The sight of appetizing food modulates brain activity in consistent ways: viewing food items enhances activation both in visually-related brain regions and in regions associated with reward (orbitofrontal cortex, parahippocampal gyrus and the insula) in both adults and children( Reference Van Meer, van der Laan and Adan 40 , Reference van der Laan, de Ridder and Viergever 41 ). Visually-driven responses to food are linked to increased connectivity between the ventral striatum, the amygdala and anterior cingulate in individuals at risk of obesity, hence differences in interactions within the appetitive network may determine the risk of obesity. Obese participants show greater visually-driven responses to food in reward-sensitive brain regions and, for obese individuals, greater responsiveness in these regions before weight-loss treatment predicts treatment outcome. Poor weight loss is also predicted by pre-treatment levels of activity to food stimuli in brain areas associated with visual attention and memory, consistent with the attentional effects of food being a predictor of weight loss success( Reference Hege, Stingl and Ketterer 42 ).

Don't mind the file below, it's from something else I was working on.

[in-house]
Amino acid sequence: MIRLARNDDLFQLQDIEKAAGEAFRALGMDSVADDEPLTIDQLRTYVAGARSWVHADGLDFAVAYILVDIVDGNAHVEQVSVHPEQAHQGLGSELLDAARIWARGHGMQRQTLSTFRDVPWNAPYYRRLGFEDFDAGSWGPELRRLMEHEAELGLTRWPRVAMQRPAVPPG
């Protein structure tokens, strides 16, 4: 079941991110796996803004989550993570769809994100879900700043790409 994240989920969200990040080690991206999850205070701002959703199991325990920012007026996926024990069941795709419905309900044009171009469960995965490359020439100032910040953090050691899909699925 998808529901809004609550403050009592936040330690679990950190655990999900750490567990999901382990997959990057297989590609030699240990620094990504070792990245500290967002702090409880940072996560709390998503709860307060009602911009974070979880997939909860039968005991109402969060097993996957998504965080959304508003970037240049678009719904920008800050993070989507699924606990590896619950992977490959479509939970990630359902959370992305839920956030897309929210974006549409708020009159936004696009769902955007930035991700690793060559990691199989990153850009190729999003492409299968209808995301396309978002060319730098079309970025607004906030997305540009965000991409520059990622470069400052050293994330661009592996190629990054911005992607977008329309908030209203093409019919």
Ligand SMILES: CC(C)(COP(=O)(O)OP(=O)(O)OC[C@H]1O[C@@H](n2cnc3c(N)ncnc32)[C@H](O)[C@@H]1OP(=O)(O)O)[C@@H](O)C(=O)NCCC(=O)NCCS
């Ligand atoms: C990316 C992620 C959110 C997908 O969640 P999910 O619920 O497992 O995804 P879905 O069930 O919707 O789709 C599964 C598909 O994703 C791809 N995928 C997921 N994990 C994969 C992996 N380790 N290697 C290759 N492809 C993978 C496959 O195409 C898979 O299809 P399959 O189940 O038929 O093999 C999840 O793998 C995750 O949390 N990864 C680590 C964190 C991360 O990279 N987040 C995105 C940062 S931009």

However, we have a poor understanding of how valuation and selection of food are encoded neuronally. The orbitofrontal cortex, dorsolateral prefrontal cortex and ventral striatum are all implicated, but we have limited knowledge of what neuronal mechanisms are subserved by these structures. If we are to use functional neuroimaging studies to inform policies that promote healthier food choices, we need a better understanding of how health interventions impact on the brain mechanisms that control food selection and valuation. We need to address how molecular and cellular events, initiated by the exposure to food, translate into changes at the neuronal circuit level and how these translate to food decisions.
Physiological mechanisms of appetite control